The U.S. Supreme Court heard 90 minutes of arguments this morning, the first of three days set aside to examine the Affordable Care Act. In this first round, the high court focused on whether the penalty for not having health insurance, is considered a tax.
The Anti-Injunction Act of 1867 says you can’t challenge a tax before it takes effect. Most of the health care law doesn't kick in for another two years. An appeals court ruled the penalty in the Affordable Care Act was indeed a tax.
But the Obama administration dropped that argument, so the high court appointed an outside attorney to make that case, which led to what attorney Gregory Katsas calls “very weird circumstances.” Katsas represents Florida and other states arguing the mandate that all Americans obtain health insurance is unconstitutional. He says every party to the case thinks the Anti-Injunction Act doesn’t apply. And the government, he says, is "the sole beneficiary of this statute. Even they don’t think it applies."
Justice Stephen Breyer asked, why, if Congress called it a penalty in its own law, why was it a tax? The reply, from the attorney drafted by the high court to argue the other side, was that even the Internal Revenue Service doesn’t define tax in its own code.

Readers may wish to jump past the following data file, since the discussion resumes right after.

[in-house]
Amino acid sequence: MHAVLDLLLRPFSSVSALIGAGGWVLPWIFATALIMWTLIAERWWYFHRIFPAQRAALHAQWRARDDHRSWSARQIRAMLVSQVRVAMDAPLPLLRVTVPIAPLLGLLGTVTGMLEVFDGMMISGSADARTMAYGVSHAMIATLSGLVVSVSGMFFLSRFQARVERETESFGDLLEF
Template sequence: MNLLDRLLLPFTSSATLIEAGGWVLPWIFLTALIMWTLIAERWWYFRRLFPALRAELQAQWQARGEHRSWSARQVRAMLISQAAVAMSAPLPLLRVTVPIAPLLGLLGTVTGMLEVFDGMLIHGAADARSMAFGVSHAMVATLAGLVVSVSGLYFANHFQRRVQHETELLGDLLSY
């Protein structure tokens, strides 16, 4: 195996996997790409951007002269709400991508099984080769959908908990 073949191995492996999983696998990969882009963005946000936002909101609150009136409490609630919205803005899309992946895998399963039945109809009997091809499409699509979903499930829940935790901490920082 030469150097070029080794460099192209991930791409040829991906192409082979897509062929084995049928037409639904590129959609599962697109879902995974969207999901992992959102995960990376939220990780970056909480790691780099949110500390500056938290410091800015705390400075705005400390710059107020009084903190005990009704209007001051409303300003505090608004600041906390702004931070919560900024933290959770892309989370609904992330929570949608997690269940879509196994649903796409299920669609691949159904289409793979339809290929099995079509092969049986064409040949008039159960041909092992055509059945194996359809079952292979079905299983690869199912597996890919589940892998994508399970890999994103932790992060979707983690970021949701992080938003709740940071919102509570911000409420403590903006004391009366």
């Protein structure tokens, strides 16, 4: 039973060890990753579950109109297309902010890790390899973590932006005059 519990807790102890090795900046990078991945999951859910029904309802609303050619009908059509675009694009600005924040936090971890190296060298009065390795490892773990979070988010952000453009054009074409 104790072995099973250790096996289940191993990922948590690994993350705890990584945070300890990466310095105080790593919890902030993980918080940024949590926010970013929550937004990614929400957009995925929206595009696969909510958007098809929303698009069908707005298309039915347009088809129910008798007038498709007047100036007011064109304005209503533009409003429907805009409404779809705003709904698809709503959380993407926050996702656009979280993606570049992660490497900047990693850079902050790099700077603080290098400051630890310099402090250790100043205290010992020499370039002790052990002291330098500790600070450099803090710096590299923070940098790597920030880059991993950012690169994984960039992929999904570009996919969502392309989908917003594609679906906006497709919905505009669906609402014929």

Outside the high court, the arguments took a different tone. The sidewalks were crowded with protestors. A number of people chanted, “We love the Constitution, protect my health care, protect the law.” A group wearing white lab coats also voiced their support for the Affordable Care Act. Folks on the other side were in attendance, including a group of anti-abortion protestors with red duct tape around their mouths, the word “life” written on it.
Even before the arguments began, a line formed around the corner of court watchers who want a seat for day two. They'll have a cold night on the marble steps of the Supreme Court: Temperatures are expected to drop below freezing overnight.